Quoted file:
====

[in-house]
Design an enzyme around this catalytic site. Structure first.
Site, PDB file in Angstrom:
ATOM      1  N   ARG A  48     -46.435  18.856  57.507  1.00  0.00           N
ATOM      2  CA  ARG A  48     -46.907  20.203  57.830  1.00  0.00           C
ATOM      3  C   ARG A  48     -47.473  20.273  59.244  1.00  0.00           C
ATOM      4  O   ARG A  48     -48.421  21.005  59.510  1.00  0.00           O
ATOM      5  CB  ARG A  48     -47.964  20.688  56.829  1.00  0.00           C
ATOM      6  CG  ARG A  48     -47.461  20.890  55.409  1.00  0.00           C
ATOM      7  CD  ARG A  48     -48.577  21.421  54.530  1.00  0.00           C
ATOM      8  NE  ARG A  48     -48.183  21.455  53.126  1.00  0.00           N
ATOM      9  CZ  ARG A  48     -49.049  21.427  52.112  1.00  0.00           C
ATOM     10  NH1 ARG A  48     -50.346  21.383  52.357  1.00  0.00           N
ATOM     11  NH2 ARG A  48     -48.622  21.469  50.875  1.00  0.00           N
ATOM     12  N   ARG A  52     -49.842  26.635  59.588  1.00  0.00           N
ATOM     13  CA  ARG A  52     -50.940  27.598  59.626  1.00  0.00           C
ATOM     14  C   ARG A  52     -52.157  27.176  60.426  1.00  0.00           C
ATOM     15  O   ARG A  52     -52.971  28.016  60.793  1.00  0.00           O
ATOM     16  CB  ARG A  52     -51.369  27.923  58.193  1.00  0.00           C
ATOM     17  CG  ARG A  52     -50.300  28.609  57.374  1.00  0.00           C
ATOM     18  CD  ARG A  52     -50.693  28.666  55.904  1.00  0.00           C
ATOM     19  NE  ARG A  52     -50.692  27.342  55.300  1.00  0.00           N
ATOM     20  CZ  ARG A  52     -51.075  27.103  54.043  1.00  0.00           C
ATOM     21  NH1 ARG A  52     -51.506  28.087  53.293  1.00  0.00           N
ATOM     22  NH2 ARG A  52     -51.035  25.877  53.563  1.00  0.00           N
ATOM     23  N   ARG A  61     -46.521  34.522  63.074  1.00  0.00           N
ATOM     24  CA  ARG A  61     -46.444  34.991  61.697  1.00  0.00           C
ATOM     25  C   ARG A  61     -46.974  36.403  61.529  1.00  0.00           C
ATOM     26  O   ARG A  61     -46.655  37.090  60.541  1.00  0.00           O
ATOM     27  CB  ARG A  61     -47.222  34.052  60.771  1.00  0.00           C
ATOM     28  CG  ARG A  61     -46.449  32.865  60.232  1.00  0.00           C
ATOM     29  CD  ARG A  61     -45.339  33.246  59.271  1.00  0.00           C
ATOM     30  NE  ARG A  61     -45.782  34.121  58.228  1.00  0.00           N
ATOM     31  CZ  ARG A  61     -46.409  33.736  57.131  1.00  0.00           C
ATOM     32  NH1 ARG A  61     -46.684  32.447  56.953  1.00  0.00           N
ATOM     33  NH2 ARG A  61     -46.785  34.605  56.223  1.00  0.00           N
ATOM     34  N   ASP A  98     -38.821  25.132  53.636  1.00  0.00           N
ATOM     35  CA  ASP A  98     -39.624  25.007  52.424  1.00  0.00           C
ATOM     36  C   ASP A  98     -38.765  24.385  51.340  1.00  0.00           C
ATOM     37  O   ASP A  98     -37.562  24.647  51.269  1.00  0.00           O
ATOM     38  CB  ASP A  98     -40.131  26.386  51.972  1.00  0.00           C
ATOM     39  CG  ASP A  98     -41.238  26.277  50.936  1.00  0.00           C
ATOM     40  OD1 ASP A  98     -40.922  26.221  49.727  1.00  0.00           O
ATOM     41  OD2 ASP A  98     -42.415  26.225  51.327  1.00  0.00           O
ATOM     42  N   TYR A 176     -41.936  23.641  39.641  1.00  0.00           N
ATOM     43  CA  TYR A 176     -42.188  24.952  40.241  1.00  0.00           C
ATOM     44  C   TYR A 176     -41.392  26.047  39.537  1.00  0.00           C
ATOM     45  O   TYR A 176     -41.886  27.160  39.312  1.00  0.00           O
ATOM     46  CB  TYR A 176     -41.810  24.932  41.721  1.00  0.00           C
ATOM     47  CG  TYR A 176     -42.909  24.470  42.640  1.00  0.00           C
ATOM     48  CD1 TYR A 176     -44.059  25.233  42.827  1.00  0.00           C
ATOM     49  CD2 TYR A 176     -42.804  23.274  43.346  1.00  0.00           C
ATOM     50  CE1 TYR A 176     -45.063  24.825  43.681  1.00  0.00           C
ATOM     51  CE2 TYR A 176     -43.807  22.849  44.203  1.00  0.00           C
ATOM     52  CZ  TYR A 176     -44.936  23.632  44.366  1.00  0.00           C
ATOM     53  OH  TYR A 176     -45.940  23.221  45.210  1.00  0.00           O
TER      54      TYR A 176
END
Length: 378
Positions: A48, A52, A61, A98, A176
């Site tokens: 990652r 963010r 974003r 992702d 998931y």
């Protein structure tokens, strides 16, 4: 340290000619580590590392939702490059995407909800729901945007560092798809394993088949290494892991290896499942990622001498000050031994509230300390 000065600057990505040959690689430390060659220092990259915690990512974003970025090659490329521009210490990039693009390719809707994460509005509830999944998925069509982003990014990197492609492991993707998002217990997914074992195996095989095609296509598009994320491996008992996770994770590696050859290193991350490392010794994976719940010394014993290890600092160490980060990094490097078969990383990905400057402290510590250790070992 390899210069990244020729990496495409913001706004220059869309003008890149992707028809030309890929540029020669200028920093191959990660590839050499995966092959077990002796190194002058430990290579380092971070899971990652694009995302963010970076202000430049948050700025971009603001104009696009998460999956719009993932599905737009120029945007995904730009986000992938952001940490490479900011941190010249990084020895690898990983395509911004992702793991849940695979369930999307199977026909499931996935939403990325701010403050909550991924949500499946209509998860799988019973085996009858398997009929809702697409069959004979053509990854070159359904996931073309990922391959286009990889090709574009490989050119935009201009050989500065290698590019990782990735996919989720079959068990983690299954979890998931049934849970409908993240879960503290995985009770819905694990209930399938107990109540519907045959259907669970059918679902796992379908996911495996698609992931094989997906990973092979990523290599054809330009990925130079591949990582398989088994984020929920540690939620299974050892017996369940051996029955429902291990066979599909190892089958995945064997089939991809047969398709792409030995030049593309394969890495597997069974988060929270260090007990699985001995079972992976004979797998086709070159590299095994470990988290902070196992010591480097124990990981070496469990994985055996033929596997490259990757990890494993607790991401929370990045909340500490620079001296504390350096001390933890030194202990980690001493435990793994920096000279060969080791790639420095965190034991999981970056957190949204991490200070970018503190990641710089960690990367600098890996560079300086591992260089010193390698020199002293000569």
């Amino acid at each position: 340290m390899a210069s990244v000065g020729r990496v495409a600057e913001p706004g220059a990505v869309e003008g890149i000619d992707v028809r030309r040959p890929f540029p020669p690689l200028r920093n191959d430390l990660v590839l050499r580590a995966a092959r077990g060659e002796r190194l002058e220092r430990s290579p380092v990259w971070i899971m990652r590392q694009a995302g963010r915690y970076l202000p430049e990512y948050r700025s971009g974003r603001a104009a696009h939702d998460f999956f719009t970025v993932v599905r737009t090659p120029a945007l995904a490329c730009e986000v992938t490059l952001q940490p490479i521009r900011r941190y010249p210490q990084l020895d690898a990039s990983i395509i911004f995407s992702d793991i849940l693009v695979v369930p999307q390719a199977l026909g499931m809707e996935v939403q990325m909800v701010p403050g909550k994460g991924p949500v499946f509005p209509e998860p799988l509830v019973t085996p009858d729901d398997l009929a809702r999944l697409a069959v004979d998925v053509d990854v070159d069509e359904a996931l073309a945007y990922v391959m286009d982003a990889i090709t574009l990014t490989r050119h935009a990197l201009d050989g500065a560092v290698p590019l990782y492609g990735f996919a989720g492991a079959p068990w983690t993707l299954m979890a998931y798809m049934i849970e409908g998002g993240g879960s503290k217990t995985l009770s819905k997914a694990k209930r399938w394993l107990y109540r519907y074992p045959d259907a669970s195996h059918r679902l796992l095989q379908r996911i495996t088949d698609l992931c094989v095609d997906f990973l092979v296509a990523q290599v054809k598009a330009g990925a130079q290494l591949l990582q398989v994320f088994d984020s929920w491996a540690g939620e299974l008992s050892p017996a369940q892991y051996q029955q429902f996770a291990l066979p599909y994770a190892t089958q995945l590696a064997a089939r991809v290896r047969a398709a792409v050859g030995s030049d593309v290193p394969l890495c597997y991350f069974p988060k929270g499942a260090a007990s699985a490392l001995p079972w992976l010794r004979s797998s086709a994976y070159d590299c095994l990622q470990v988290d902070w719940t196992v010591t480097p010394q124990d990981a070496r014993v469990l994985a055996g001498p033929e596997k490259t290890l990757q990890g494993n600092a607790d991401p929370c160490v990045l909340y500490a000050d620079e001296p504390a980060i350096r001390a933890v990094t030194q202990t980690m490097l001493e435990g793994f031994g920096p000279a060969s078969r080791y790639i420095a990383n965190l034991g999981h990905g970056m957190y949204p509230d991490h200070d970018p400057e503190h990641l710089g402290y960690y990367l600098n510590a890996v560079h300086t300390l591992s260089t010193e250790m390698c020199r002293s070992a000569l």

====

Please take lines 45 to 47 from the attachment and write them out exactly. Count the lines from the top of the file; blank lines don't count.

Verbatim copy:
ATOM     42  N   TYR A 176     -41.936  23.641  39.641  1.00  0.00           N
ATOM     43  CA  TYR A 176     -42.188  24.952  40.241  1.00  0.00           C
ATOM     44  C   TYR A 176     -41.392  26.047  39.537  1.00  0.00           C